Abstract and Keywords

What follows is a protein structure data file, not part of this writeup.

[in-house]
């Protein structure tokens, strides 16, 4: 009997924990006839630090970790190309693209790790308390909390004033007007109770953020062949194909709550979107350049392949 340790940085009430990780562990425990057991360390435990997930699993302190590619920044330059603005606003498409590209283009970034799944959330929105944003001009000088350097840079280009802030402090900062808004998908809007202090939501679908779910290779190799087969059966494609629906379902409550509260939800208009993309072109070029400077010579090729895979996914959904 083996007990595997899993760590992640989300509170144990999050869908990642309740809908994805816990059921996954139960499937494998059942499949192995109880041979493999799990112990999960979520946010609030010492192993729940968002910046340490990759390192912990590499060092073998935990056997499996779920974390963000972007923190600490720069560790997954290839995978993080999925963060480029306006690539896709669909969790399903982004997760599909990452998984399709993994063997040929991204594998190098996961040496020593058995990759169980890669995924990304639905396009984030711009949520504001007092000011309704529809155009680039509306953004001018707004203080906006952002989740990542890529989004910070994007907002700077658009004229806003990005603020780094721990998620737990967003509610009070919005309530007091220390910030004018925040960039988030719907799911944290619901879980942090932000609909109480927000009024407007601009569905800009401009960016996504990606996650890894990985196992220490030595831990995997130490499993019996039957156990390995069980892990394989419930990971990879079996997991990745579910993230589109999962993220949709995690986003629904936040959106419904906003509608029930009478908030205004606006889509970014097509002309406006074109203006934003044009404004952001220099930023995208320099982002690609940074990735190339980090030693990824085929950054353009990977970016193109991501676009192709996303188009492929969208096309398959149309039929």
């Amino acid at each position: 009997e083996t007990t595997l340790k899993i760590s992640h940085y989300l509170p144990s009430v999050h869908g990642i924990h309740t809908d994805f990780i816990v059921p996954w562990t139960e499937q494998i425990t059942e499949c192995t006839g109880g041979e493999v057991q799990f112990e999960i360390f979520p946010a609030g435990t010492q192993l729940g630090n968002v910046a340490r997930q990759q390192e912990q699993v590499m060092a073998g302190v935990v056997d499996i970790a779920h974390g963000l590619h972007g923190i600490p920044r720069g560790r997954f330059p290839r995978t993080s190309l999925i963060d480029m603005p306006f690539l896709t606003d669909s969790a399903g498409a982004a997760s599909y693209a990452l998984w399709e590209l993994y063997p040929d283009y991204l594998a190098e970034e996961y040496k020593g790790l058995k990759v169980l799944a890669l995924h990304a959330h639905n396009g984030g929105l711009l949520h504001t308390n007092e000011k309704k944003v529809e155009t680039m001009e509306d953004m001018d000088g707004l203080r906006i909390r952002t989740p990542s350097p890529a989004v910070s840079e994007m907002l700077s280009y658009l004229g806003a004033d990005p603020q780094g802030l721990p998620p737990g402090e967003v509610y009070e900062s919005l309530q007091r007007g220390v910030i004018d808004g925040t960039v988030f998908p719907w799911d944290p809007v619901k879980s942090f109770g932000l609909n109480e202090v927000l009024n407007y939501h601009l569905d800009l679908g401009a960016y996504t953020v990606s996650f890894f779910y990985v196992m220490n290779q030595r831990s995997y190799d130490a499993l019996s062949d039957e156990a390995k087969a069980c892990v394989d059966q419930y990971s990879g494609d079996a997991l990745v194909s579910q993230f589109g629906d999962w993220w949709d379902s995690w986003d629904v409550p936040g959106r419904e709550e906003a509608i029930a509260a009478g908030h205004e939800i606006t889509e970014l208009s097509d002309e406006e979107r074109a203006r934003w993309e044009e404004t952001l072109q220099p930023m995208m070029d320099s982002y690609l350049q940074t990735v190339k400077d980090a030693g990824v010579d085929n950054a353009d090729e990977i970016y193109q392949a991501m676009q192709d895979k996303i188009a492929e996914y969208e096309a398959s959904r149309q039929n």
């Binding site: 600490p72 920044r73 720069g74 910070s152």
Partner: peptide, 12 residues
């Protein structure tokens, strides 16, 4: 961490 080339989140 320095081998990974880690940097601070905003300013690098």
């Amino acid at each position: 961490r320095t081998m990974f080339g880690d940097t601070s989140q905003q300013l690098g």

The concept of lifestyle appears in Max Weber’s writings under the guise of Lebensführung, or life conduct. It is closely linked to the spirit of capitalism and to a religious work ethic Weber traces in life maxims influencing daily practices. Weber is concerned with individual meaning in a world characterized by objective forces. He offers a social diagnosis typical of the beginning of the twentieth century, one centered on the fate of the individual in an increasingly objectified, rationalized, and disenchanted world. Although still pervasive in social theories, this diagnosis framed in terms of loss is at odds with today’s world. While challenging Weber’s diagnosis, this chapter argues that his approach—his notion of life conduct with his attention to life maxims and their carriers—is still inspiring to sound out what Lois Lee calls “existential cultures.” Drawing on Weber’s insights, this chapter maps out life conduct and existential cultures in an east German town.
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